Australia has not had a good time dealing with the Coronavirus. Outsourcing security of their quarantine to a private company did not end well, with the spread of the virus being exacerbated by the security guards sleeping with the Coronavirus guests. This, alongside lax state line restrictions, pushed Coronavirus cases up, forcing two lockdowns. However, there is some optimism in the Australian economy, with many of their commodities' prices reaching all-time highs. Furthermore, the Reserve Bank of Australia stating that the "recovery in the second half of 2020 had been faster than initially expected."

I believe the economy that starts tapering monetary policy programs will first see their currency strengthen against the other. With the RBA stating that they are "committed to doing what it reasonably could to support the Australian economy" and that "significant monetary support would be required for some time," it looks like New Zealand in the mid to long term will be raising rates before Australia will, given the actions they took with loan-to-value ratios, alongside the consistent recovery from the Coronavirus.

Week ahead - PMI's, Speeches and GDP

As the news cycle slows, with the election in the past alongside initial vaccine hype fading away, it is essential to realize that not only is the Coronavirus continuing to ravage the economy, it continues to ravage the families and lives of many around the world.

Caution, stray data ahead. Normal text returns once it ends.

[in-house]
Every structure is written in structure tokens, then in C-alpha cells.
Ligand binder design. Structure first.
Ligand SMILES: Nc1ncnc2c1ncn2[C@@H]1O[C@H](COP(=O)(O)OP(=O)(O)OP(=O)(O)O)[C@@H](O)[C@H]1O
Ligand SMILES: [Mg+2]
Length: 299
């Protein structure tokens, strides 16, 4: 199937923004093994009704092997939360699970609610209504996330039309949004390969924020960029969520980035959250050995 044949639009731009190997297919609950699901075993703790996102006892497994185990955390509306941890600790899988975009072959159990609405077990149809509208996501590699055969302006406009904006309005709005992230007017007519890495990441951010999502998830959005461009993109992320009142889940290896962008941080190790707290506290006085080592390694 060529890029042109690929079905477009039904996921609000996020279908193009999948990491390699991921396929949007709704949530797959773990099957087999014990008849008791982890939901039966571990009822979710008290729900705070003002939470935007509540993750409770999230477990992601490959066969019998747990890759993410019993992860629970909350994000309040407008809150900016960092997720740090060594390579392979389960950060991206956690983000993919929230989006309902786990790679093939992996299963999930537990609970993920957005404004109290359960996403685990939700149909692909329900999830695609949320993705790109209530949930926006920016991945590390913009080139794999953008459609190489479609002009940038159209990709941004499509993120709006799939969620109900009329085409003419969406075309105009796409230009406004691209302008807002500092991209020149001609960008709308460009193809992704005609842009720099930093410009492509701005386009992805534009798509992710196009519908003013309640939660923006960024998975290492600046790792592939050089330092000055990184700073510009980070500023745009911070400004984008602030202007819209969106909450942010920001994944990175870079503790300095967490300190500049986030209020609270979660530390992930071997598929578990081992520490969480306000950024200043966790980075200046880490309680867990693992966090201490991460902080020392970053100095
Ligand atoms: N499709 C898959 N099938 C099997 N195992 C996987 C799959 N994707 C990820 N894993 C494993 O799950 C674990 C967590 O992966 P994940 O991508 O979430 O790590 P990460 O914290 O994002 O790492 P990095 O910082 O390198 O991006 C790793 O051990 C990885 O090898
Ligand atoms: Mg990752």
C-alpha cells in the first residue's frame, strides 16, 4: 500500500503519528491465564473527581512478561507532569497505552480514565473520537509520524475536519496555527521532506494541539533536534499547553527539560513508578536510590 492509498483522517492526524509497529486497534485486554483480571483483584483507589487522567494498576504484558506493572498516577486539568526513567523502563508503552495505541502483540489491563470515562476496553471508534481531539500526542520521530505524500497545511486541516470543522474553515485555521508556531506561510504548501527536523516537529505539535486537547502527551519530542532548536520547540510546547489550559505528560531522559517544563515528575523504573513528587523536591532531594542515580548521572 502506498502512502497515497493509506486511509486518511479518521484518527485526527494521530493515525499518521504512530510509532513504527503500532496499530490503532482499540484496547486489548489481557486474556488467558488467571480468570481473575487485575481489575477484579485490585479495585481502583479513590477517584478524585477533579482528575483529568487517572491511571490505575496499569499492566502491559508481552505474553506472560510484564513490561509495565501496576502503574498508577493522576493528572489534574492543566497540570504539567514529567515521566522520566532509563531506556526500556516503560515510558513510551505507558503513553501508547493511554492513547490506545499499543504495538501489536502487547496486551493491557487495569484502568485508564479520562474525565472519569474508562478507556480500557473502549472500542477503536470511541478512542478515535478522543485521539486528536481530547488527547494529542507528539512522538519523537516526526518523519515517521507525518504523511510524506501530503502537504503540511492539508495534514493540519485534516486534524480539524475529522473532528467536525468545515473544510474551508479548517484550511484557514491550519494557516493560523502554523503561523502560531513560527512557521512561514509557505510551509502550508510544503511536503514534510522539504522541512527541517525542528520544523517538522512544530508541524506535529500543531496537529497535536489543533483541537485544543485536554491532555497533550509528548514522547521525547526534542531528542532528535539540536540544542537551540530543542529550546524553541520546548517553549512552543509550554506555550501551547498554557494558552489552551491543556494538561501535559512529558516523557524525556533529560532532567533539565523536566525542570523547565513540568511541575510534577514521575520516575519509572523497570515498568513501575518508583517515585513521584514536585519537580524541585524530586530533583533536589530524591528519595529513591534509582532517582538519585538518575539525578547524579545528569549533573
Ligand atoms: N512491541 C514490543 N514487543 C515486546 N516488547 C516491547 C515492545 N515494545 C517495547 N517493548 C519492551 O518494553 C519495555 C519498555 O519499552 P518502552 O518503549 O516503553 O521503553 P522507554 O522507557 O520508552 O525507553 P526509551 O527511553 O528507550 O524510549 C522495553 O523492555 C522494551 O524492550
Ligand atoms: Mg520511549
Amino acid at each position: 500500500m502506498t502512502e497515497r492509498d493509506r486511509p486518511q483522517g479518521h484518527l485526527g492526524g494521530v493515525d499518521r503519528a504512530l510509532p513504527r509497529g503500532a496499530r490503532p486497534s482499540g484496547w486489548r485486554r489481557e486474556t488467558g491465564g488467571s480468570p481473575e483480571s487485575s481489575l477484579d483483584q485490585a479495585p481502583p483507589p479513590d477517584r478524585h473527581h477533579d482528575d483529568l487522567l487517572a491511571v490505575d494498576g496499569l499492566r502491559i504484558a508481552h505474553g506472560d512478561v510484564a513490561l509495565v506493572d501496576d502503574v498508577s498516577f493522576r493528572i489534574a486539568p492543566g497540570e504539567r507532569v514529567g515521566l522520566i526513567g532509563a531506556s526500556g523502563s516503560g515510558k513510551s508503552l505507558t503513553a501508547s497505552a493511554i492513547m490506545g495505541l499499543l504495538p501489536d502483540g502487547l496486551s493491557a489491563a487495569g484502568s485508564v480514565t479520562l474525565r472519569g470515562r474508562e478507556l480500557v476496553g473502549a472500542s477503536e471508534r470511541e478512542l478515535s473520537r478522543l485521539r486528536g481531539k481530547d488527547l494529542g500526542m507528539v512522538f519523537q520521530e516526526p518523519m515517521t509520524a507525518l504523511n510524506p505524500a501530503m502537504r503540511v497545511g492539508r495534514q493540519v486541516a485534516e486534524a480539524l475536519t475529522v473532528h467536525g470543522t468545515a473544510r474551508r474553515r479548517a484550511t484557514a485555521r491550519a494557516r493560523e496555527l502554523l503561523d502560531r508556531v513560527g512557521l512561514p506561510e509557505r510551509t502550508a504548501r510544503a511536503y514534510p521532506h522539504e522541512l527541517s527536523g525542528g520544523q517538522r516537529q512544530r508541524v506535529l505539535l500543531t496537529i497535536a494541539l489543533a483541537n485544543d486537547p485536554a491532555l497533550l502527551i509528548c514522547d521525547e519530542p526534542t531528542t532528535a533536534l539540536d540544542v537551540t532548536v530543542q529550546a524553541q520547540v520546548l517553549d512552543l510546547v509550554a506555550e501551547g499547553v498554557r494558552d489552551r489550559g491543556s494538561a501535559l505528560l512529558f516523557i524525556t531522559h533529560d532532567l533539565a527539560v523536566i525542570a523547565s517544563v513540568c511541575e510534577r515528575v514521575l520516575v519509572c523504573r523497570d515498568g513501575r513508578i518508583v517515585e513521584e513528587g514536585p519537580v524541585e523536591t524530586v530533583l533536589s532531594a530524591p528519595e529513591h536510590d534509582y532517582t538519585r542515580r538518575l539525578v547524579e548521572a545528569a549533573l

Many have turned the Coronavirus into a statistical exercise, looking into the future when we eventually look past the Coronavirus. However, it is currently a present problem, with present consequences. Keep this in the back of your head when you trade and invest. Here is your week ahead.

What meeting did President Trump miss in order to play golf? (Answer at the bottom)

Monday, 23rd November – Germany PMI (November)

Like many countries in Europe, Germany is experiencing a spike in cases larger than the first wave. They recently recorded 23,000 new cases yesterday. This has directly affected service sector activity, with HIS Markit's flash services PMI's fell to 46.2 from 49.5 in the previous month. Remember, a print below 50 entails a contraction in manufacturing. Analysts forecast Germany to post its deepest recession since World War Two.

Monday, 23rd November – UK's PMI's

In terms of the most frustrated, I am at a country in terms of their Coronavirus response; I am most frustrated in the UK.  They had the resources to implement a robust early Coronavirus response. However, Bureaucracy and trying to balance economic damage and human life has placed the UK on its knees.  At its peak, the UK recorded over 34,000 daily Coronavirus cases.